ORTIGAS (MindaNews / 10 July) — An interfaith gathering dubbed “Pagtitipon sa EDSA para sa Bangsamoro” will be held Wednesday morning at the EDSA Shrine here to urge the Bicameral Conference Committee to pass a Bangsamoro law that complies with the 2014 Comprehensive Agreement on the Bangsamoro (CAB) of the government (GPH) and the Moro Islamic Liberation Front (MILF), addresses the root causes of the conflict and provides for meaningful autonomy and “aims to resolve a centuries-old problem stemming from historical injustices.”
The interfaith gathering will urge the 28-member Bicameral Conference Committee (bicam) to restore the provisions of the Bangsamoro Basic Law (BBL) drafted by the Bangsamoro Transition Commission (BTC) that were amended or deleted by either or both houses of Congress, the media advisory sent by members of the Bangsamoro civil society organizations said.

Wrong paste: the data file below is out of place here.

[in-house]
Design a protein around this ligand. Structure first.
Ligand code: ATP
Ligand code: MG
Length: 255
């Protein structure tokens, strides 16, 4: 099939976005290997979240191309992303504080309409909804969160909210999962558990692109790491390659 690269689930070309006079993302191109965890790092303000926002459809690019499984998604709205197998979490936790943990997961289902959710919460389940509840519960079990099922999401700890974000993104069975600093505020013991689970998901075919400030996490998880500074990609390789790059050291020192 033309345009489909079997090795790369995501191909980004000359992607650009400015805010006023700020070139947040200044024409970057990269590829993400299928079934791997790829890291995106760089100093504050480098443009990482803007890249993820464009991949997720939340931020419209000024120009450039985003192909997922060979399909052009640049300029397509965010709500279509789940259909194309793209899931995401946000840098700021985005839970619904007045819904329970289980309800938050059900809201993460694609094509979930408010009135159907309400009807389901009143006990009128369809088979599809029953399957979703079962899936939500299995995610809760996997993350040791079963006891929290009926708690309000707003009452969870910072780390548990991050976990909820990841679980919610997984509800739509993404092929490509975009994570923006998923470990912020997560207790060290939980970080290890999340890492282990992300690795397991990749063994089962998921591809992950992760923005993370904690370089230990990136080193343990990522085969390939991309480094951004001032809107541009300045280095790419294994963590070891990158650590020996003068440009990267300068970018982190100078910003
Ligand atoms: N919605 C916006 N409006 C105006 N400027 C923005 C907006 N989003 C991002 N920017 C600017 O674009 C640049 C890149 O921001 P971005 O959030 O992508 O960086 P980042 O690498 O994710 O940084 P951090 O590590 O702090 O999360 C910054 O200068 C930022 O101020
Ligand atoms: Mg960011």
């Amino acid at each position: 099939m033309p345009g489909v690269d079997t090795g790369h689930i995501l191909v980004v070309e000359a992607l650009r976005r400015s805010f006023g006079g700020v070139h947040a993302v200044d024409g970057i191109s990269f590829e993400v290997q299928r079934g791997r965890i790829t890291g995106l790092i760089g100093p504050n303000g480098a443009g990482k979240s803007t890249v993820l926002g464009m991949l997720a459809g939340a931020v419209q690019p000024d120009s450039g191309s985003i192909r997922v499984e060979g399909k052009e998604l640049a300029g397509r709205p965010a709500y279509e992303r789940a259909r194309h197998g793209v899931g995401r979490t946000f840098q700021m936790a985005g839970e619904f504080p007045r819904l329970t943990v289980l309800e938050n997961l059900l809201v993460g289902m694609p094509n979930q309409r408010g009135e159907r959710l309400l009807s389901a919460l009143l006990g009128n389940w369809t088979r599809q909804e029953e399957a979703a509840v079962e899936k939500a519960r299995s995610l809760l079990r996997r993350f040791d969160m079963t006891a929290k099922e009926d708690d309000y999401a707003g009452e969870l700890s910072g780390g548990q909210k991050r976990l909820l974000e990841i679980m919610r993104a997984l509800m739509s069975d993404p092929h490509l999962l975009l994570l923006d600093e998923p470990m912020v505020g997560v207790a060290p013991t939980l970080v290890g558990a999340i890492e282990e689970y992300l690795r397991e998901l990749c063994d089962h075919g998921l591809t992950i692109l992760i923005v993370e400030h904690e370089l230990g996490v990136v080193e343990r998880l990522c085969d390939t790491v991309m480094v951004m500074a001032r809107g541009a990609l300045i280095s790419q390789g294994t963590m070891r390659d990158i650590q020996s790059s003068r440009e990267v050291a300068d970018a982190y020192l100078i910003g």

The bicam has been meeting since Monday at the nearby Crowne Plaza hotel, to come up with the final version of the Bangsamoro law from out of the versions they passed –Senate Bill 1717 and House Bill 6475.
Civil society organizations staged a caravan from the Senate to the House of Representatives and proceeded to the Quezon Circle on Monday to urge the Bicameral Conference Committee (bicam). On Tuesday, they also held placards in front of the Crowne Plaza, venue of the bicam’s meeting, urging bicam members to listen to their plea. A number also waited outside the meeting room to hand out petition papers.
Civil society groups also launched rallies in support of a CAB-compliant BBL in Marawi City on July 4 and Cotabato City on July 6.
Composed of 18 members from the House of Representatives and 10 from the Senate, the Bicameral Conference Committee (bicam) agreed to meet on July 9 to 13 to deliberate on the “disagreeing provisions” of House Bill 6475 and Senate Bill 1717 which they passed on May 30 and 31, respectively.
Both versions, however, have been described to have “mangled” or “watered down” the proposed law crafted by the 21-member BTC.